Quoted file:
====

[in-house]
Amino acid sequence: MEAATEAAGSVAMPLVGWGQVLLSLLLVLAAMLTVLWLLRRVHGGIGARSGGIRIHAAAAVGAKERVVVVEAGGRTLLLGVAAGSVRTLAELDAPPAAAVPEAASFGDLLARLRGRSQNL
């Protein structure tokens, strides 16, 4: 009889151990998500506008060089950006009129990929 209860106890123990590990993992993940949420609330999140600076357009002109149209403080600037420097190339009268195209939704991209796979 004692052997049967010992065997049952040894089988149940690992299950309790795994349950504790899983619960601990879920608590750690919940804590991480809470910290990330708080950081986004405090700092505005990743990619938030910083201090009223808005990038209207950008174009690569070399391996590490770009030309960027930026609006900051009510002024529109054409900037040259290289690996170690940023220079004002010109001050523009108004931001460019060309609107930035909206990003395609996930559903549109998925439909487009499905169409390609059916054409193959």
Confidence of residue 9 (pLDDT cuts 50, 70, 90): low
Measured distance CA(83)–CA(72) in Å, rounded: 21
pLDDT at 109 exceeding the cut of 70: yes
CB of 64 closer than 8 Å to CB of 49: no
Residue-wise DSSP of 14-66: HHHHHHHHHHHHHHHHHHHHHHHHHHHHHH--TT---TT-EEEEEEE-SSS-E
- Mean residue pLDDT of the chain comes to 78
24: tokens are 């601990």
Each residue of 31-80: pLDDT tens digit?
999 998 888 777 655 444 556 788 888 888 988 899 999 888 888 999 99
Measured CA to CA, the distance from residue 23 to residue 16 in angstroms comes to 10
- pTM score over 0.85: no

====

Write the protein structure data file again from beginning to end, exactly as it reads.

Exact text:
[in-house]
Amino acid sequence: MEAATEAAGSVAMPLVGWGQVLLSLLLVLAAMLTVLWLLRRVHGGIGARSGGIRIHAAAAVGAKERVVVVEAGGRTLLLGVAAGSVRTLAELDAPPAAAVPEAASFGDLLARLRGRSQNL
């Protein structure tokens, strides 16, 4: 009889151990998500506008060089950006009129990929 209860106890123990590990993992993940949420609330999140600076357009002109149209403080600037420097190339009268195209939704991209796979 004692052997049967010992065997049952040894089988149940690992299950309790795994349950504790899983619960601990879920608590750690919940804590991480809470910290990330708080950081986004405090700092505005990743990619938030910083201090009223808005990038209207950008174009690569070399391996590490770009030309960027930026609006900051009510002024529109054409900037040259290289690996170690940023220079004002010109001050523009108004931001460019060309609107930035909206990003395609996930559903549109998925439909487009499905169409390609059916054409193959």
Confidence of residue 9 (pLDDT cuts 50, 70, 90): low
Measured distance CA(83)–CA(72) in Å, rounded: 21
pLDDT at 109 exceeding the cut of 70: yes
CB of 64 closer than 8 Å to CB of 49: no
Residue-wise DSSP of 14-66: HHHHHHHHHHHHHHHHHHHHHHHHHHHHHH--TT---TT-EEEEEEE-SSS-E
- Mean residue pLDDT of the chain comes to 78
24: tokens are 């601990």
Each residue of 31-80: pLDDT tens digit?
999 998 888 777 655 444 556 788 888 888 988 899 999 888 888 999 99
Measured CA to CA, the distance from residue 23 to residue 16 in angstroms comes to 10
- pTM score over 0.85: no